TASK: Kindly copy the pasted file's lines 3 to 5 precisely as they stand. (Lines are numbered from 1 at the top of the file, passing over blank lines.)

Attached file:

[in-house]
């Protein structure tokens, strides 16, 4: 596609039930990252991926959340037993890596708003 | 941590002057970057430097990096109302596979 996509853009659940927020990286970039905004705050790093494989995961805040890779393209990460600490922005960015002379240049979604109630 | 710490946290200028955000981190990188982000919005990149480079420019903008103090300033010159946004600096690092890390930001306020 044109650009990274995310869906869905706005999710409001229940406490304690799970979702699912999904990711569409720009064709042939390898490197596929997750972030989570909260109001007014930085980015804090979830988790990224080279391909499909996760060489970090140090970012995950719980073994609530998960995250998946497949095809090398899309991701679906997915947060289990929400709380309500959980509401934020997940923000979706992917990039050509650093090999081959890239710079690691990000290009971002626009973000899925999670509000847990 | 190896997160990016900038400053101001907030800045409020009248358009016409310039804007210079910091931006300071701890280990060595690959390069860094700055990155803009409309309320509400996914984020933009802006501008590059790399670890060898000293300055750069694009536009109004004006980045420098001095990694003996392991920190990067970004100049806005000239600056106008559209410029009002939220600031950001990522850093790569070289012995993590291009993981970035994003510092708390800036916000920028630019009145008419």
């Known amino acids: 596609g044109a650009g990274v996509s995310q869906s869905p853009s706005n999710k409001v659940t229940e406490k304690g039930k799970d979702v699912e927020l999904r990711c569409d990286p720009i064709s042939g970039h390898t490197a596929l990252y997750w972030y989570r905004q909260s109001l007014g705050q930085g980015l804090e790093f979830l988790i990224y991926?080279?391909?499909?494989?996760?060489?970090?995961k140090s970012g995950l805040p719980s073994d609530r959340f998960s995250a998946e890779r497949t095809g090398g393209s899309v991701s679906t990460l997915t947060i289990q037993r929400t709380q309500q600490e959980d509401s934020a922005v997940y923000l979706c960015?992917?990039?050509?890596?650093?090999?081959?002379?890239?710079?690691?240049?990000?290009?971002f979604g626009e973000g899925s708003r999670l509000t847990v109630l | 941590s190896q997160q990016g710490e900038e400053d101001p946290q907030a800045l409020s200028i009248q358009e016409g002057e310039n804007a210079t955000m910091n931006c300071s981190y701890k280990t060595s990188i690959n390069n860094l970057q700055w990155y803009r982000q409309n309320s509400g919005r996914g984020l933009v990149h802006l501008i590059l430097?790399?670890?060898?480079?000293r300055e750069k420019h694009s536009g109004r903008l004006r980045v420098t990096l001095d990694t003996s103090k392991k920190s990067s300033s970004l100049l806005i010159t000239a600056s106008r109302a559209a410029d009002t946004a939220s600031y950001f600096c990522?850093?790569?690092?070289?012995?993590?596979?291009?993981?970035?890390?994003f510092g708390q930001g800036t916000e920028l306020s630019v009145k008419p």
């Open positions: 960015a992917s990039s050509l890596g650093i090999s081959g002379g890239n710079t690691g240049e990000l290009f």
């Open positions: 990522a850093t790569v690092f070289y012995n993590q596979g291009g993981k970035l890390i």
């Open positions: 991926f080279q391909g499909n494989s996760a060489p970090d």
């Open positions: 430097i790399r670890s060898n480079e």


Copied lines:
């Known amino acids: 596609g044109a650009g990274v996509s995310q869906s869905p853009s706005n999710k409001v659940t229940e406490k304690g039930k799970d979702v699912e927020l999904r990711c569409d990286p720009i064709s042939g970039h390898t490197a596929l990252y997750w972030y989570r905004q909260s109001l007014g705050q930085g980015l804090e790093f979830l988790i990224y991926?080279?391909?499909?494989?996760?060489?970090?995961k140090s970012g995950l805040p719980s073994d609530r959340f998960s995250a998946e890779r497949t095809g090398g393209s899309v991701s679906t990460l997915t947060i289990q037993r929400t709380q309500q600490e959980d509401s934020a922005v997940y923000l979706c960015?992917?990039?050509?890596?650093?090999?081959?002379?890239?710079?690691?240049?990000?290009?971002f979604g626009e973000g899925s708003r999670l509000t847990v109630l | 941590s190896q997160q990016g710490e900038e400053d101001p946290q907030a800045l409020s200028i009248q358009e016409g002057e310039n804007a210079t955000m910091n931006c300071s981190y701890k280990t060595s990188i690959n390069n860094l970057q700055w990155y803009r982000q409309n309320s509400g919005r996914g984020l933009v990149h802006l501008i590059l430097?790399?670890?060898?480079?000293r300055e750069k420019h694009s536009g109004r903008l004006r980045v420098t990096l001095d990694t003996s103090k392991k920190s990067s300033s970004l100049l806005i010159t000239a600056s106008r109302a559209a410029d009002t946004a939220s600031y950001f600096c990522?850093?790569?690092?070289?012995?993590?596979?291009?993981?970035?890390?994003f510092g708390q930001g800036t916000e920028l306020s630019v009145k008419p």
């Open positions: 960015a992917s990039s050509l890596g650093i090999s081959g002379g890239n710079t690691g240049e990000l290009f």
């Open positions: 990522a850093t790569v690092f070289y012995n993590q596979g291009g993981k970035l890390i």